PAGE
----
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Clinicopathologic Reports, Case Reports, and Small Case Series
June 2004

Central Serous Chorioretinopathy Associated With Periocular CorticosteroidInjection Treatment for HLA-B27–Associated Iritis

Author Affiliations


Arch Ophthalmol. 2004;122(6):926-928. doi:10.1001/archopht.122.6.926

Central serous chorioretinopathy (CSCR) is characterized by accumulationof fluid under the neurosensory retina and/or retinal pigment epithelium,resulting in a serous detachment that often involves the macula. Althoughthe exact mechanism producing CSCR is unknown, increased adrenergic stimulationhas been hypothesized to play a role.1 Furthermore,elevated corticosteroid levels after systemic administration or secondaryto endogenous sources have been implicated in the causation or exacerbationof CSCR.2,3 Subtenon localcorticosteroid injection is effective in the treatment of certain forms ofuveitis. This report details a case of CSCR that developed after a singlelocal subtenon corticosteroid injection to treat HLA-B27–associatediritis and was confirmed by optical coherence tomography (OCT).

Report of a Case

A healthy 37-year-old man was examined because of a 10-day history ofprogressive blurred vision, photophobia, and floaters in the left eye. Medicaland social histories were noncontributory. The patient had had an upper respiratorytract infection 2 weeks before the examination. A review of systems was negativefor gastrointestinal, genitourinary, dermatological, or musculoskeletal symptoms,including joint or back pain.

Best-corrected visual acuity measured 20/20 OD and 20/50 OS. Intraocularpressure was 21 mm Hg OD and 16 mm Hg OS. Results of an examination of theanterior and posterior segment of the right eye were normal. However, theanterior segment of the left eye showed 2+ conjunctival injection and mildkeratitic precipitates. There was a 2+ anterior-chamber cellular reactionwith a 1-mm hypopyon, engorged iris vessels, and fibrinous iris posteriorsynechiae that were released after pupillary dilation. Binocular and indirectophthalmoscopy of the left eye showed a normal optic nerve, macula, retinalvasculature, and periphery. There was no evidence of retinal or vitreous inflammation,vasculitis, or cystoid macular edema (CME). The fovea was well visualizedafter pupillary dilation, with a normal and distinct foveal reflex.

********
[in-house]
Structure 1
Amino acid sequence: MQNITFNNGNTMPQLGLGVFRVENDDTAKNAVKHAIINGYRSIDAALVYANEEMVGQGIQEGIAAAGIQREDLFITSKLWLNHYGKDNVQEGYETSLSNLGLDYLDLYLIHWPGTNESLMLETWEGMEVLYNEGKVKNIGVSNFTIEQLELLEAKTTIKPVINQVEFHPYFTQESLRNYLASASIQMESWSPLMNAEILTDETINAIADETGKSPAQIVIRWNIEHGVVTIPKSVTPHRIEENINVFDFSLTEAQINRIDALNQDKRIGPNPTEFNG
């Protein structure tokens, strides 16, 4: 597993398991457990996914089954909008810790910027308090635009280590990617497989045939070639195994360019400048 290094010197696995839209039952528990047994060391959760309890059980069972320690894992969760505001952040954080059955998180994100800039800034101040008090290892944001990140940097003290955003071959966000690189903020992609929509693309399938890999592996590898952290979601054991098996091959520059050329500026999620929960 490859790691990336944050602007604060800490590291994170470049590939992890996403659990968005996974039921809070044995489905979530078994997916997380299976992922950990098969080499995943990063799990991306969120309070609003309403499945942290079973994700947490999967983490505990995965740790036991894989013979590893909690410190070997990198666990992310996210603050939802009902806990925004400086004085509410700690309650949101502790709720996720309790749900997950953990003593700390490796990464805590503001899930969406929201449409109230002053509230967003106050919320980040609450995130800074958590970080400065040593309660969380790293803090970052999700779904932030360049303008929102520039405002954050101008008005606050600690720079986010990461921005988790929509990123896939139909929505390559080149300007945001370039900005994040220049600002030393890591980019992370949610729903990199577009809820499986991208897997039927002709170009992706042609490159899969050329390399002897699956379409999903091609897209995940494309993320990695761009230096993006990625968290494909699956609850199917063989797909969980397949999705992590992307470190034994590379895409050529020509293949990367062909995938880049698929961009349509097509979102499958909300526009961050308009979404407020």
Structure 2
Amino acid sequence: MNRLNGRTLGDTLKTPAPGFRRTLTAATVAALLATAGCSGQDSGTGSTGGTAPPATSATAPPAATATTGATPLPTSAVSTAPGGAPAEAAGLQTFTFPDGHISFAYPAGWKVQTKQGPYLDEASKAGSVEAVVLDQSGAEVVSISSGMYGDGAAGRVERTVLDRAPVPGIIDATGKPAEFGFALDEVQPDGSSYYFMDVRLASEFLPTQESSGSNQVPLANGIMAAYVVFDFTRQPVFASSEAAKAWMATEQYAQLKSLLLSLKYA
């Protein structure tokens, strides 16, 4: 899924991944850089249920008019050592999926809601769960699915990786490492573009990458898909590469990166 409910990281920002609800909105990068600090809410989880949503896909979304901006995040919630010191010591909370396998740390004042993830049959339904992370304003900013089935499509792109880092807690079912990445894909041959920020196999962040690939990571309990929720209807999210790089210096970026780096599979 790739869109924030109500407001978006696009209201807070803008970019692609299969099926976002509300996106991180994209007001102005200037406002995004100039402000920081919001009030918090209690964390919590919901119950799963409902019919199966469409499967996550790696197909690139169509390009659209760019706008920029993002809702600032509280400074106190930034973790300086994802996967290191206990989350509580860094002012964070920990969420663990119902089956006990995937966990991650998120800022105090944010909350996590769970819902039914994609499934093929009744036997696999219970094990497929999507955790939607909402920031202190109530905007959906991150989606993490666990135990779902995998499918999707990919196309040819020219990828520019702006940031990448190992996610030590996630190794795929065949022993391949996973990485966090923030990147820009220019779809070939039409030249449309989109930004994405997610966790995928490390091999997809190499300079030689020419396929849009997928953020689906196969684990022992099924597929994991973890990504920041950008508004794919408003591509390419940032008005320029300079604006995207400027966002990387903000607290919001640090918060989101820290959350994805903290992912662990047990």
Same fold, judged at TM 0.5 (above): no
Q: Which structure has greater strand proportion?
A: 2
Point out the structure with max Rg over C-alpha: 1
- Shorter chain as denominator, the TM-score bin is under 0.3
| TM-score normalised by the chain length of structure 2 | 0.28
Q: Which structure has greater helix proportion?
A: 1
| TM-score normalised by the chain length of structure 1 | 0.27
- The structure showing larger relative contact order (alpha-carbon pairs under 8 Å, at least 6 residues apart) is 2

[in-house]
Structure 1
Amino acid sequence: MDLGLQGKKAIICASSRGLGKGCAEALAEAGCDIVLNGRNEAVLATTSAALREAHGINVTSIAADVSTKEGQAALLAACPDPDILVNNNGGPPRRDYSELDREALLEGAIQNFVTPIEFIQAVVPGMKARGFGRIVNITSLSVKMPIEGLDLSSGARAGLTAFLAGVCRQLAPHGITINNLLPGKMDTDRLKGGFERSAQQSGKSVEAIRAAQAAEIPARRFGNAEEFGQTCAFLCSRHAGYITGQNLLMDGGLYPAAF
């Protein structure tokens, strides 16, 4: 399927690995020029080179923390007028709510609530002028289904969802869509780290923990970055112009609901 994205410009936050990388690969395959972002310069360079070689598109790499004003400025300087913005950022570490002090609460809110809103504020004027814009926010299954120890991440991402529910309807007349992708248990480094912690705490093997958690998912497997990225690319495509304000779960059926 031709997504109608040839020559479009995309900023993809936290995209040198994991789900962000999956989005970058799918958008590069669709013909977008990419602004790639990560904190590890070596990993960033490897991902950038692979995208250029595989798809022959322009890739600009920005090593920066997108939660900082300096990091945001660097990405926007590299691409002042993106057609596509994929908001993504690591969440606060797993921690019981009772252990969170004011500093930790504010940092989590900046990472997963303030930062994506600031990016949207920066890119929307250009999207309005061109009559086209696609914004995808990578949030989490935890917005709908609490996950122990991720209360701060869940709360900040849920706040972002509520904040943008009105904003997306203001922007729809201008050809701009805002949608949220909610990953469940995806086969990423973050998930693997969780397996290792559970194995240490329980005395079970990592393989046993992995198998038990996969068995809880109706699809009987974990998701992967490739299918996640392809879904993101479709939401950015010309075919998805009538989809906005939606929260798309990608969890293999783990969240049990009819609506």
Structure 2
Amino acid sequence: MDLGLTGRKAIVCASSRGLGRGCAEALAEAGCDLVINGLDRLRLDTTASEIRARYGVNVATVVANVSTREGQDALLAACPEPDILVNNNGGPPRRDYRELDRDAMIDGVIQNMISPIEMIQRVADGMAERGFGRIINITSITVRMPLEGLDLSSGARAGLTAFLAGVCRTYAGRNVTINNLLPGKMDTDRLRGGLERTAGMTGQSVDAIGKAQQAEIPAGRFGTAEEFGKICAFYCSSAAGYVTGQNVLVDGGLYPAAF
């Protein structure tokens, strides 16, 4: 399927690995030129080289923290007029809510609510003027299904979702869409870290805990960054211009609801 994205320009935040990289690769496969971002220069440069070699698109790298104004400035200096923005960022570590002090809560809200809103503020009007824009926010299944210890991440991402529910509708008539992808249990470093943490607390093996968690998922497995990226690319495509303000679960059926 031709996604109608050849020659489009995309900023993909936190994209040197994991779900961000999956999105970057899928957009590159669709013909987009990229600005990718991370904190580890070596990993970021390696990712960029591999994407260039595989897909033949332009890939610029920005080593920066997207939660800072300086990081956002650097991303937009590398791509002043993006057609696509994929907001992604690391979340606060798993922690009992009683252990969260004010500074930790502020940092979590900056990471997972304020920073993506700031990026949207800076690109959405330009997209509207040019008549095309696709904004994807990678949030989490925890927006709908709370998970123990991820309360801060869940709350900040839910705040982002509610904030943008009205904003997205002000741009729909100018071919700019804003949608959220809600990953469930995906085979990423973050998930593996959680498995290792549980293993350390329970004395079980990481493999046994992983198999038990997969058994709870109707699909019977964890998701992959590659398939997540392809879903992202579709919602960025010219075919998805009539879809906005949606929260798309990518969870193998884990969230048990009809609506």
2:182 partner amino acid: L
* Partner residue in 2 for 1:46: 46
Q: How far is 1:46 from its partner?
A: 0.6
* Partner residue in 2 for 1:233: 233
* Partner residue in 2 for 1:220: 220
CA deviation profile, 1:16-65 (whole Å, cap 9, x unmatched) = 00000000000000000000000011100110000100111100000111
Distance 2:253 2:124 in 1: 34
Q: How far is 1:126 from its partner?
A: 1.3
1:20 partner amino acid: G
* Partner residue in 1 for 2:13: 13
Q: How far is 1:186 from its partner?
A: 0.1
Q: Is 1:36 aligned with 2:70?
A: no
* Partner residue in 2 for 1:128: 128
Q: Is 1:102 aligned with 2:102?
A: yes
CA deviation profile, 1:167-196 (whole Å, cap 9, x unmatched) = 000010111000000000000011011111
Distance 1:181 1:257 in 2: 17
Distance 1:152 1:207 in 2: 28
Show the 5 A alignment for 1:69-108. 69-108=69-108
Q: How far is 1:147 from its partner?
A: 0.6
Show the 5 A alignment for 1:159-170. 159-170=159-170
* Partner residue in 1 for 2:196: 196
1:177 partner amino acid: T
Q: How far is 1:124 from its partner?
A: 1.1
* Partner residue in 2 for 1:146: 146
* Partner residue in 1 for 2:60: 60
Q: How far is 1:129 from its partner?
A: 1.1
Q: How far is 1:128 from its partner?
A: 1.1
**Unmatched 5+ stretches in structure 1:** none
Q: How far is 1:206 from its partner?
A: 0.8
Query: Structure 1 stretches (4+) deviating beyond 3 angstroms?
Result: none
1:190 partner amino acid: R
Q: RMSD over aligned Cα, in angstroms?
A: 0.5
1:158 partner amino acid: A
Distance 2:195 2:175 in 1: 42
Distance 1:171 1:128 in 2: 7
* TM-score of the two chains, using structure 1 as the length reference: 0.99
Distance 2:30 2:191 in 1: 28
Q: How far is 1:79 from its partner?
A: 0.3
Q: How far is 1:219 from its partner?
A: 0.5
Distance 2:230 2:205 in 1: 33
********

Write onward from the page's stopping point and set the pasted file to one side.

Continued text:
Although this was the first episode of iritis, systemic evaluation wasperformed because of the fibrinous anterior-chamber reaction and hypopyon.HLA-B27 iritis was suspected and subsequently confirmed with positive serotypingresults. All others tests produced normal findings, including a complete bloodcell count, an erythrocyte sedimentation rate, a chest x-ray, and fluorescenttreponemal antibody absorption, angiotensin-converting enzyme, lysozyme, antinuclearantibody, and purified protein derivative of tuberculin tests. Treatment with1% prednisolone acetate every hour and cyclopegic eye drops was commenced,and a 1.0-mL periocular injection of triamcinolone acetonide corticosteroid(40 mg/mL) was given in the subtenon space of the left eye. Within 1 week,there was marked therapeutic response with complete resolution of the hypopyonand fibrin deposition and partial improvement of acuity to 20/40 OS. The occasionalresidual anterior-chamber inflammatory cell (<1 per high-power field) wasnoted. The ocular media was clear. Macular biomicroscopy revealed the newdevelopment of subretinal fluid and a serous pigment epithelial detachmentat the fovea. Fluorescein angiography confirmed an enlarging pinpoint spotof hyperfluorescence, as may be observed with CSCR (Figure 1). The fluorescein leakage was not petalloid and did notdemonstrate CME. Optical coherence tomography confirmed the subretinal locationof this fluid collection, which was consistent with the diagnosis of CSCR(Figure 2A). The topical corticosteroiddrops were rapidly tapered and discontinued over 5 days, and the patient wasfollowed up with serial clinical and OCT examinations. He showed progressivereduction in subretinal fluid, with gradual improvement in visual acuity.By 12 weeks after the initial examination, the fluid had resolved and visualacuity recovered to 20/20 OS. There were no sequelae of ocular inflammation,and OCT confirmed resolution of the foveal contour toward normal (Figure 2B).

Figure 1.
Fluorescein angiography showsa focus of pinpoint hyperfluorescence (A) that enlarges in the later frames(B) and is consistent with the diagnosis of central serous chorioretinopathy.